Friday, June 27, 2008

Classic Arts Showcase background music

A Google search brought someone to Orange Crate Art yesterday looking for the names of the pieces played as background music during station breaks on the Classic Arts Showcase. So far as I can tell, this information is unavailable online. Until now! There are two excerpts:

One is from the overture to La gazza ladra (The Thieving Magpie, 1817) by Gioachino Rossini. You can watch and listen to a performance on YouTube. The Classic Arts Showcase excerpt is about seven minutes in.

The other excerpt is from the first movement (Allegro non troppo) of Béla Bartók's Divertimento for Strings, Sz. 113 (1939). There's no YouTube performance, but the iTunes sample of the Chicago Symphony's recording has most of the relevant passage.

The Bartók piece has a curious association for me: whenever I hear it, I think of staying up until two or three in the morning reinstalling Windows, when the only television programming worth having on for company was the Classic Arts Showcase.

[Thanks to Elaine, who knew the Bartók and gave me "Rossini overture" with which to go a-fishing.]

Related post
Classic Arts Showcase

comments: 14

j said...

You can tell what people searched for? I had a meter on my blog, but it recorded the time and the state/country of the visitor.After I got used to people from all over visiting, it was not interesting. Now, why they came- that would be interesting.(And how kind of you to find the information and post it. )

Michael Leddy said...

StatCounter shows how people get to a page, which can be pretty interesting (at least to the page's "owner"). I think that such info is available with Site Meter, but I find StatCounter a lot more usable.

I've written a few posts in response to Google searches. This one I'm proudest of: "Please Don't Smoke".

Anonymous said...

At last, my search for the string music used on Classic Arts Showcase is at an end! I had consulted the FAQs at their website and found nothing. Facebook; no results. Even their YouTube channel was no help; interesting that their YouTube channel has no videos.

Creative Googling brought me to your blog.

Anyway, hubby guessed Khatchaturian, and I guessed "either Stravinsky or Bartok; but probably Bartok."

So, woohoo!

Thanks for blogging this. :)

Michael Leddy said...

You’re welcome, Anon. :)

Bernie Cullen said...

I had tried to do a google search before but didn't find anything--but my friend Elaine just said the other piece was Rossini, which gave me the tools to go fishing for the Bartok--I found your page and see you were helped by your Elaine.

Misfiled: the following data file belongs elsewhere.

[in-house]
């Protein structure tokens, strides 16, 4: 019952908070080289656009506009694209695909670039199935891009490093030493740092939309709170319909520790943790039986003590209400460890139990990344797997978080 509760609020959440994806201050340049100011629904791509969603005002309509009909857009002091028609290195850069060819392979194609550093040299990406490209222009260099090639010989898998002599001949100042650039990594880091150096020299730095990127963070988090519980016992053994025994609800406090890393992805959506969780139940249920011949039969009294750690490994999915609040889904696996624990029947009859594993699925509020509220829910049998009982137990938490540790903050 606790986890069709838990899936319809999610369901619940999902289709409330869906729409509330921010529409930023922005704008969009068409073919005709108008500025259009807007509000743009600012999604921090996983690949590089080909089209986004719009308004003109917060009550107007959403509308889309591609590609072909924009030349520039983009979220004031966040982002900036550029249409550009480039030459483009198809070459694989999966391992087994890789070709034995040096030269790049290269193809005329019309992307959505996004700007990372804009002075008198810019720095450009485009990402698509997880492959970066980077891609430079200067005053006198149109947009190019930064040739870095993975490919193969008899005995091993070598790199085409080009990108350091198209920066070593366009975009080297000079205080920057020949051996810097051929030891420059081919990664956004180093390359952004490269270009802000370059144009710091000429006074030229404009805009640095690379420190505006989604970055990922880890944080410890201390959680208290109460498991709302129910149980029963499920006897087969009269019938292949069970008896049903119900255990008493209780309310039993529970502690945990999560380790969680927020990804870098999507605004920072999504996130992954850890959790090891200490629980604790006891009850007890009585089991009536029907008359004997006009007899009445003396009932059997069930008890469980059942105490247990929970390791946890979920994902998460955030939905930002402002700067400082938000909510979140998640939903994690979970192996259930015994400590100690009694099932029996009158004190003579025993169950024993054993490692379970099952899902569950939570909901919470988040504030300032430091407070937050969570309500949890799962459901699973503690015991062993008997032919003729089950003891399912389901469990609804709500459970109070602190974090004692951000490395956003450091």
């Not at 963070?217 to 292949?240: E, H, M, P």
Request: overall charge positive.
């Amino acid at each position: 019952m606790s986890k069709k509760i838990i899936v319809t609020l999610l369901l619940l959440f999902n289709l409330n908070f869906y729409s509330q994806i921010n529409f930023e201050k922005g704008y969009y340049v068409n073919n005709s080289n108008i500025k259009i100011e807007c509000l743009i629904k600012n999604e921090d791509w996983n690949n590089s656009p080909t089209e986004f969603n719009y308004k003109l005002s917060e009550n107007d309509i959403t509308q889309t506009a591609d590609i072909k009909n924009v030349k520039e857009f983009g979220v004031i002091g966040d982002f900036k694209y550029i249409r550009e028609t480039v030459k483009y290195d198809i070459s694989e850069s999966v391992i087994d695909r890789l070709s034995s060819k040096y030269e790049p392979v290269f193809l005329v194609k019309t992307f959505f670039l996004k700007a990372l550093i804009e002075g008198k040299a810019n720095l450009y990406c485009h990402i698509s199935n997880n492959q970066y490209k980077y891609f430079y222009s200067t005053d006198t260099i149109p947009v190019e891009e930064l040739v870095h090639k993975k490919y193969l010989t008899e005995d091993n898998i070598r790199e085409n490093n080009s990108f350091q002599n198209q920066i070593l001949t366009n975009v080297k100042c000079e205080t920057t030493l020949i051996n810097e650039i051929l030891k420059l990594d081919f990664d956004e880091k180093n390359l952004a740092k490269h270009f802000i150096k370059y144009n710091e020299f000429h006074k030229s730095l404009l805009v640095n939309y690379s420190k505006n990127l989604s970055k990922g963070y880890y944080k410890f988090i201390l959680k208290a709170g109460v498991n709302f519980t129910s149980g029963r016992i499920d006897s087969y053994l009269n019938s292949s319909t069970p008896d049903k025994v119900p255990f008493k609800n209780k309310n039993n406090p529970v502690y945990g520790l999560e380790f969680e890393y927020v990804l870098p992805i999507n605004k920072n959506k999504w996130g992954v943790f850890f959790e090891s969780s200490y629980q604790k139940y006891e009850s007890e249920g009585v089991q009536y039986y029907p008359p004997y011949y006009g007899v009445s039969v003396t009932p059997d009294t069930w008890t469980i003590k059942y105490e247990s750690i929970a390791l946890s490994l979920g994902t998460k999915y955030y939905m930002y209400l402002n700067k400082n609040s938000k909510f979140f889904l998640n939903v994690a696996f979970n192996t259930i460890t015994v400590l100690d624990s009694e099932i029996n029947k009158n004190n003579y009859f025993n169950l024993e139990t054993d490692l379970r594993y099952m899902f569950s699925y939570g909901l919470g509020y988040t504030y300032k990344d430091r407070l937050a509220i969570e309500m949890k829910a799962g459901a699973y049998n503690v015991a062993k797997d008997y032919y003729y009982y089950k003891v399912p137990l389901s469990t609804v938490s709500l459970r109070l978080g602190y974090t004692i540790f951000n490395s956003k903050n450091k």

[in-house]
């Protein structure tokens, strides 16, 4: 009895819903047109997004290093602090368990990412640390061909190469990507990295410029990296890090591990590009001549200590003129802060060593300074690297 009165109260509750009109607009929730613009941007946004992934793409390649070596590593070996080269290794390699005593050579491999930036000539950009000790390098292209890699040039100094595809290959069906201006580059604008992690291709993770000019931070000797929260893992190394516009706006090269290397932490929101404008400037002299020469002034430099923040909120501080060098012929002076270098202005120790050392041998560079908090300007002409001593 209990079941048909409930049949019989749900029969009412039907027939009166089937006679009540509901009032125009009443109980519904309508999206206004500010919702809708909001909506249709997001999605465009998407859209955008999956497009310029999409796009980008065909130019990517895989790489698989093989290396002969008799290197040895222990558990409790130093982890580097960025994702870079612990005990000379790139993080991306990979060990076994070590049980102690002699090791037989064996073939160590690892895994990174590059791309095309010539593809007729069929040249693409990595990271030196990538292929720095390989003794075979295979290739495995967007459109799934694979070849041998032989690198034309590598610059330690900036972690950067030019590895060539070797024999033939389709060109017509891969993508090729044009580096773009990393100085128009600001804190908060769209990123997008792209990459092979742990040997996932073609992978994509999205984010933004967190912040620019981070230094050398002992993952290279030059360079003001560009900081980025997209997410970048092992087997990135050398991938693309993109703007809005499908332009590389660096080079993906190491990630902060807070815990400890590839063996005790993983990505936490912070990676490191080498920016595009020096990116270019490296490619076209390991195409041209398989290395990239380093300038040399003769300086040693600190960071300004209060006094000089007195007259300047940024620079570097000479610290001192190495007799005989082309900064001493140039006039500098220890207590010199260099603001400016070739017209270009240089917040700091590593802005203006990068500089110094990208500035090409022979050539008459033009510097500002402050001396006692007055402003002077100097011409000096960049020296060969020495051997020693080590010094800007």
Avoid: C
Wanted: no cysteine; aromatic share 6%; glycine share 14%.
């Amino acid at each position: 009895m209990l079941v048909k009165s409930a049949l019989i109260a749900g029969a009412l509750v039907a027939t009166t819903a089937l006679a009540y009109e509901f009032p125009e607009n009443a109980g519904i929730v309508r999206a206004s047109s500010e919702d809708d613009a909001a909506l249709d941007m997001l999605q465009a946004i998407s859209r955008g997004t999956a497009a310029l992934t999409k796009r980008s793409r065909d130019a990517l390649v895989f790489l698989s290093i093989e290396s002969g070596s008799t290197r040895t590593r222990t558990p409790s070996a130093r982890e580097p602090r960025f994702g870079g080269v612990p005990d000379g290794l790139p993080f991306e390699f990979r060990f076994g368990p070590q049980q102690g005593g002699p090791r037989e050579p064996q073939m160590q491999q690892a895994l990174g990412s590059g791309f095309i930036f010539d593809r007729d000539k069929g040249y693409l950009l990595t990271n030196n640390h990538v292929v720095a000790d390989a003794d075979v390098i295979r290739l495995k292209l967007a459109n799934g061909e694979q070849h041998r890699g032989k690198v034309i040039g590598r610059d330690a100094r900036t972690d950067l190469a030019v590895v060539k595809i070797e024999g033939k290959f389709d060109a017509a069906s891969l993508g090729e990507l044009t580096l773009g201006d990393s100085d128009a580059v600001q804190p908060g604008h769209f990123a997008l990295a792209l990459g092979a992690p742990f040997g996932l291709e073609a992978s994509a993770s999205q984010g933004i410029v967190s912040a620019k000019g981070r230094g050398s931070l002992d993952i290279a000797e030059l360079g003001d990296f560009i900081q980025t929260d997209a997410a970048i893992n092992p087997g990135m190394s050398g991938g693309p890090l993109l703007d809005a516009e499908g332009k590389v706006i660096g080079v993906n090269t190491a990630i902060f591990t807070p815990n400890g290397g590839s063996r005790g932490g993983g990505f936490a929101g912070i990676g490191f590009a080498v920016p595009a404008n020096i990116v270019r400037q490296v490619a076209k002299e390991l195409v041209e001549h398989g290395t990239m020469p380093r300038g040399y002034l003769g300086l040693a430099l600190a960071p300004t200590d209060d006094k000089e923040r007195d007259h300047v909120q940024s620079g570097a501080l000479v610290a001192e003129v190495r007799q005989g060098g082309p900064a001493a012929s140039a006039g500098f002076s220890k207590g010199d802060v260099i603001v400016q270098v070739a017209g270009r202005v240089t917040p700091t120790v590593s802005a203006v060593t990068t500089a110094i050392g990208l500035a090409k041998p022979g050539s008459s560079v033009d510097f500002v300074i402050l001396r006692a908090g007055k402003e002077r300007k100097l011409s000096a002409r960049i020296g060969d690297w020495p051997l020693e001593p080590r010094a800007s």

Michael Leddy said...

Aren’t Elaines wonderful? :)

Glier said...

Bartok : Divertimento, for string orchestra, Sz. 113, BB 118: I. Allegro non troppo

Now is available in youtubesince february 201, hope everybody gets this news because this piece is beautiful, makes me remember my mischieving youth

Michael Leddy said...

Thanks for sharing the link, Glier.

Unknown said...

I searched and searched for the piece from CAS; very frustrated. Then heard it when a small conductor-less orchestra was rehearsing in our community room, and played it. Got the name of the piece, then came up and googled it as theme music for CAS, and found this site. So nice that so many people loved the music and really enjoy CAS!


Michael Leddy said...

Glad you got the answer. :)

Guy Clark said...


I have two more titles of music used during breaks on CAS: One is the third movement from Jacques Ibert's "Ports of Call" (Escalles) entitled "Valencia. Animé".

The other is the music played under the memorial to Lloyd Rigler, the founder of CAS who died in 2003. I just discovered this fact yesterday afternoon, oddly enough, that it is a snip from the beginning of Debussy's cantata "La Damoiselle élue (The Blessed Damozel)". My wife and I were driving home after lunch, listening to Chicago classical music station WFMT on their live stream, on my cell phone. When this bit played, we both said, "Classic Arts Showcase!".

We've been watching CAS for nearly 20 years on our big C-band satellite dish, both when we lived in Chicago area and now having moved to the mountains south of Silicon Valley, California. I hope they continue to provide this excellent service for many years to come!

Guy Clark
Los Gatos, CA

Michael Leddy said...

Thanks, Guy. This post still gets a fair number of visits, so your identifications will be welcome to readers in search of the names.

Ivan said...

Just saying, 25 years looking for the name of the Divertimento, can't believe I had it in front of my eyes all the time (well, there was no Shazam when CAS started in '95). THANKS!!!!

Michael Leddy said...

I’m glad you found it here, Ivan. Thanks for letting me know.